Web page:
So Justice Kavanaugh failed the test of judicial temperament, so much so that the American Bar Association reconsidered it’s support of him. Saturday Night Live had a field day with his antics. But like Trump, Kavanaugh still won.

Keep in mind. Professor Christine Blasey Ford accused Kavanaugh of sexually assaulting her in the summer of 1982 when they were teenagers. Under oath, whether she wanted to or not, practically overnight she morphed into Anita Hall.

Another accuser…. Deborah Ramirez declared the Senate chose to look the other way.

Then there was Julie Swetnick who accused Kavanaugh of outrageous behavior at “house parties” he and his friend Mark Judge were reportedly at.

The cherry on top if you will. Several Yale acquittances of Kavanaugh said they witnessed part of his alleged drunken behavior as a student.

In the end this is far from some moral victory one way or the other. It come down to the numbers just like our politics have. Right and wrong is out the window. You have more senators in your voting bloc, and get them to stay home with you, you win.

You can look at the Kavanaugh issue giving credit to President Trump because Kavanaugh’s nomination did amount to a careful threading of the needle. That’s how close the razor thin margin is for Republicans in the Senate. Before West Virginia Democrat Joe Manchin, in overwhelming red, West Virginia, announced his support for Kavanaugh, all majority leader Mitch McConnell could afford to lose was one republican senator, and that turned out to be exactly the case with Republican senator Lisa Murkowski of Alaska that did not support the nomination. Any good political leader knows how to count votes. That’s why McConnell kept posturing publicly but pushing back the Kavanaugh vote, because he did not have the numbers on his side.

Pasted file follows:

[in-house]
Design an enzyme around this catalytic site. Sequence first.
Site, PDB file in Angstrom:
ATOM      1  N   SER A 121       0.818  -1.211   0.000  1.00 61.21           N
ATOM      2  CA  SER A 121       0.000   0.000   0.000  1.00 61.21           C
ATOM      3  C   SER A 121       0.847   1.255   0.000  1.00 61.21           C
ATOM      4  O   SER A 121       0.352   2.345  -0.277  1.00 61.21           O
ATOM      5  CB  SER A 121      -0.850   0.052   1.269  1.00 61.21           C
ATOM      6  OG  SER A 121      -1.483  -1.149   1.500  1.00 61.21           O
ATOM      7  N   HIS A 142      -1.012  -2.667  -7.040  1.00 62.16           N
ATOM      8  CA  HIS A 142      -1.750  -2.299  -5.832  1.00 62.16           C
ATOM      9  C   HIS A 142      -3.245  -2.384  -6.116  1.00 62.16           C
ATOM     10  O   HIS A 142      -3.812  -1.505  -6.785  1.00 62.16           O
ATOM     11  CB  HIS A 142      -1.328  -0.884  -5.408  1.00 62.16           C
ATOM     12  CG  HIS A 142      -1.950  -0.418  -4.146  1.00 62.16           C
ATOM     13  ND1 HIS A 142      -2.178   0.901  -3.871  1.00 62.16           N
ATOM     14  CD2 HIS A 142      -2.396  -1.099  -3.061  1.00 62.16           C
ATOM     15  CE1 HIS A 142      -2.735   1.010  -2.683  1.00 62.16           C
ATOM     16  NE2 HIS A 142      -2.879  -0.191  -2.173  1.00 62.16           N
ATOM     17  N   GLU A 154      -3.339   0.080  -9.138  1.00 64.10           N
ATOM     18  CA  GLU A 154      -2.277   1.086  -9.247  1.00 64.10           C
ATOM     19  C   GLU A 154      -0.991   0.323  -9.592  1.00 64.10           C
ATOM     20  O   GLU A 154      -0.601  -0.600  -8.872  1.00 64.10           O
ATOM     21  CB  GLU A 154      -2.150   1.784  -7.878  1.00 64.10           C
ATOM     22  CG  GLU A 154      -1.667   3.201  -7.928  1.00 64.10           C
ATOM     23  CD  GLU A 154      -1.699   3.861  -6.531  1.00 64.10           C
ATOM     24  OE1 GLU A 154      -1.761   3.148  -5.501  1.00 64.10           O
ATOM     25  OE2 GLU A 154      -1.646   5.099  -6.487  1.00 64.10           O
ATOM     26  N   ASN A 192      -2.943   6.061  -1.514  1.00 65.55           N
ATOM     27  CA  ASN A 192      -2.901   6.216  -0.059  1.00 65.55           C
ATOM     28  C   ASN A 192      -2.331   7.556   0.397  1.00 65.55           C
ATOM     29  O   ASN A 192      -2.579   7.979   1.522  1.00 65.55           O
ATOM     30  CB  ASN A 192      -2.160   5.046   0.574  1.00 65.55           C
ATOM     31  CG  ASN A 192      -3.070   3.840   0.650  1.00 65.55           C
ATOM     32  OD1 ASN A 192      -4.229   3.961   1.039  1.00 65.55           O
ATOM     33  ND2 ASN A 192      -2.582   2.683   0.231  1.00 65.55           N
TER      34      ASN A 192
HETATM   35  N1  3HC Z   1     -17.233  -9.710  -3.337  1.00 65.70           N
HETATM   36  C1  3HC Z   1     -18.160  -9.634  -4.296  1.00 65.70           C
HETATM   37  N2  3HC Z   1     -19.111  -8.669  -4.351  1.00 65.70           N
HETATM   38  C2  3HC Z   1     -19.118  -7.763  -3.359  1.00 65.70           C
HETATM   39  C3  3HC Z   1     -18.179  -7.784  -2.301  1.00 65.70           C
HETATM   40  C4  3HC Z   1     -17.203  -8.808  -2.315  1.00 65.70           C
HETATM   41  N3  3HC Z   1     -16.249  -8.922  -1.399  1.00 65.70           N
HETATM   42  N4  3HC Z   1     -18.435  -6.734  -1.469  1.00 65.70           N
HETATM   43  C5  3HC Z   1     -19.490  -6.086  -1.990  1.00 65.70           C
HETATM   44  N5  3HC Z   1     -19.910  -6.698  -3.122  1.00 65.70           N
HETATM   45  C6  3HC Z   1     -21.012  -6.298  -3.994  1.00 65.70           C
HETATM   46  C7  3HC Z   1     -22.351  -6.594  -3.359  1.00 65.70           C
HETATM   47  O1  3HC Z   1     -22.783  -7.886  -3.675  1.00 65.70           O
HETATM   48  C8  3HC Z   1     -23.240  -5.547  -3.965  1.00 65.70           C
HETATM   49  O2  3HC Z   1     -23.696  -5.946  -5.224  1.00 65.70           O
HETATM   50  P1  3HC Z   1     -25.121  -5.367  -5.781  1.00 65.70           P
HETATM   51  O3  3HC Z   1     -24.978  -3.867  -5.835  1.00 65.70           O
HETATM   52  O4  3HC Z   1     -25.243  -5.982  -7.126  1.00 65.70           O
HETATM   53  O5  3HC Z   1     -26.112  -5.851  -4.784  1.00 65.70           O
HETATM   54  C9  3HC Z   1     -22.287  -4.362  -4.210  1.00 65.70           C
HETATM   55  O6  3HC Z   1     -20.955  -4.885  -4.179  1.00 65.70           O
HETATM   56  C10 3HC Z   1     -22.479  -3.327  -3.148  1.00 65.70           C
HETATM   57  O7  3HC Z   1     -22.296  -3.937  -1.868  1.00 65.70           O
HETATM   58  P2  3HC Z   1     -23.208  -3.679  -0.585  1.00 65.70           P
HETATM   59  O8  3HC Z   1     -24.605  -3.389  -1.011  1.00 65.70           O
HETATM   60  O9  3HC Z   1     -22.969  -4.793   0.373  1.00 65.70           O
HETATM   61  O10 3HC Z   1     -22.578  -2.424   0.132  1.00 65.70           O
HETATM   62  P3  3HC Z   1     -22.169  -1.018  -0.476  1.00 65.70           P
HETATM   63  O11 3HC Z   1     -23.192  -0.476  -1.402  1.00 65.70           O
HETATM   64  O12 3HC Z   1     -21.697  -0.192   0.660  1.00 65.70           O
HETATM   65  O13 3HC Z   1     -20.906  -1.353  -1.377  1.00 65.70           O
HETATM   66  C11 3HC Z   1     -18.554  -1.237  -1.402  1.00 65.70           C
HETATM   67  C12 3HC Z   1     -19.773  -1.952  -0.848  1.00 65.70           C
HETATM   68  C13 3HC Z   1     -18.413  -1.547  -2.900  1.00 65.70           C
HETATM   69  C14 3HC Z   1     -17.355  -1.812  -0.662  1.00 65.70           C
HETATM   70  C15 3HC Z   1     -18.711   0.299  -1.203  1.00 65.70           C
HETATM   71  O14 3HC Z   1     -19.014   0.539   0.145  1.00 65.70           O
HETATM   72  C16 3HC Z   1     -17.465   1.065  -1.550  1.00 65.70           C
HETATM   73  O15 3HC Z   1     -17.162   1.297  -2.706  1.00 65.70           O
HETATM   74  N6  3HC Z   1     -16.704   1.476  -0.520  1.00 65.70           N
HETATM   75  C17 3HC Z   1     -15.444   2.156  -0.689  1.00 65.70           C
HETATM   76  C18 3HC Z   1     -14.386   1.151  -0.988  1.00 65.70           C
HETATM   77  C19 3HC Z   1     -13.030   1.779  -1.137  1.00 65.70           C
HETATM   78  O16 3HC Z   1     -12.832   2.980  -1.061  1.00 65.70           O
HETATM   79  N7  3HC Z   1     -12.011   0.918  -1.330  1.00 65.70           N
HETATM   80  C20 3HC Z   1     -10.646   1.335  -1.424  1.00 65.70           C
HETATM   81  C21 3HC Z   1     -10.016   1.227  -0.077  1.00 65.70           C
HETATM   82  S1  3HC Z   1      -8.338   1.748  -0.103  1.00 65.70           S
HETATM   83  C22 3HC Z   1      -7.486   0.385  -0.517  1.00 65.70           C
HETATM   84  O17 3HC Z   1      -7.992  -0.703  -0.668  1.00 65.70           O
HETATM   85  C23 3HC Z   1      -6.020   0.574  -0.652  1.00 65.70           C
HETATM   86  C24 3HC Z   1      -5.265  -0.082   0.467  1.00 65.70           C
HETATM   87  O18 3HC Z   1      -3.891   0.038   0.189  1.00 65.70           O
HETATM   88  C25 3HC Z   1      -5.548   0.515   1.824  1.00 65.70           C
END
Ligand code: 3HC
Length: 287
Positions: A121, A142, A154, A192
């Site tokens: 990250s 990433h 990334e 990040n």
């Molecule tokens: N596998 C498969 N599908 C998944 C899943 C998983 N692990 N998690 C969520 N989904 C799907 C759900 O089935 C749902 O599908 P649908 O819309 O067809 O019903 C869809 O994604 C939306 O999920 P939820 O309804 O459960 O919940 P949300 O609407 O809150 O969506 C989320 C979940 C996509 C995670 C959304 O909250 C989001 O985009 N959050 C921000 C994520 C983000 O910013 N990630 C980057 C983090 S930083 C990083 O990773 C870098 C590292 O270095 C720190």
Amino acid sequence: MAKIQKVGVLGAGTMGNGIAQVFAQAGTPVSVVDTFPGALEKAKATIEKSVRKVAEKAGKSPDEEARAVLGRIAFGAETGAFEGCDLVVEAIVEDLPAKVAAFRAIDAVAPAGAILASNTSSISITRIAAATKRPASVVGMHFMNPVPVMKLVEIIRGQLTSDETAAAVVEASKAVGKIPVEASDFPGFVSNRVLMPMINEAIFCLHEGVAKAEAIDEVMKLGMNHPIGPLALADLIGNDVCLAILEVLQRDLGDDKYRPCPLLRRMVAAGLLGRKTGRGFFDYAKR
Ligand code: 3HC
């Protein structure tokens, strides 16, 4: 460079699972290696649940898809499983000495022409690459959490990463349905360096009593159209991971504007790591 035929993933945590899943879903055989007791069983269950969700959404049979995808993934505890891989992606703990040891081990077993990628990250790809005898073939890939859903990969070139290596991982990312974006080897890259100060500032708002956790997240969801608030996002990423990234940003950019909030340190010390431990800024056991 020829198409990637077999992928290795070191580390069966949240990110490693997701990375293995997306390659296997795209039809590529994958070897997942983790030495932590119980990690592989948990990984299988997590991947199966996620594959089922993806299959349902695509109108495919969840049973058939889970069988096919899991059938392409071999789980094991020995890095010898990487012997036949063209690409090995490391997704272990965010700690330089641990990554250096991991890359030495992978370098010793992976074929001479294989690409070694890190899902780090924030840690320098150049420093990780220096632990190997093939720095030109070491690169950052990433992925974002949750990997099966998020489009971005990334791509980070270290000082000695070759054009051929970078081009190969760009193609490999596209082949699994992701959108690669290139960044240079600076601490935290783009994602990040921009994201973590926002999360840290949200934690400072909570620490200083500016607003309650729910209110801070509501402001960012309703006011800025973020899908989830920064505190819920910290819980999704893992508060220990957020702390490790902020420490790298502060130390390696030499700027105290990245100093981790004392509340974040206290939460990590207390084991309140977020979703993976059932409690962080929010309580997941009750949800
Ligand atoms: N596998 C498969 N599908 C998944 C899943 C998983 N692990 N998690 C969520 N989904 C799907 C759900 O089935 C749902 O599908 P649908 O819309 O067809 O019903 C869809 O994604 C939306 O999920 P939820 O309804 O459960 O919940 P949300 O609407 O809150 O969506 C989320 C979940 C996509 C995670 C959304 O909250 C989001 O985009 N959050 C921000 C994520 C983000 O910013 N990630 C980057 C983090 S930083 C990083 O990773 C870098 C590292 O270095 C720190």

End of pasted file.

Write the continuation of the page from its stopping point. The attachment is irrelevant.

Numbers at the end of the day is why the White House and McConnell caved in on the FBI investigation into Kavanaugh, that we know now was severely limited in scope, because without Arizona senator’s Jeff Flake’s support, who demanded the FBI probe, and adding (Murkowski’s no vote) the nomination was done. Over. Finished.

Or you can look at same scenario from the Democrat’s point of view. Again that, it’s simply a matter of math that currently is stacked against them. Including Independents that caucus with the democrats, if they just had two more Senate seats, two, the Kavanaugh nomination would have been dead on arrival.

That is the stakes of the upcoming midterms are so high. If Republicans keep the senate, they will continue to push through their agenda. If Democrats get control, your looking at Senate hearings of the President, scrutiny of the Trump administration and possible impeachment investigations. Though Democrats would need some republican votes for such a move, and that would be unlikely.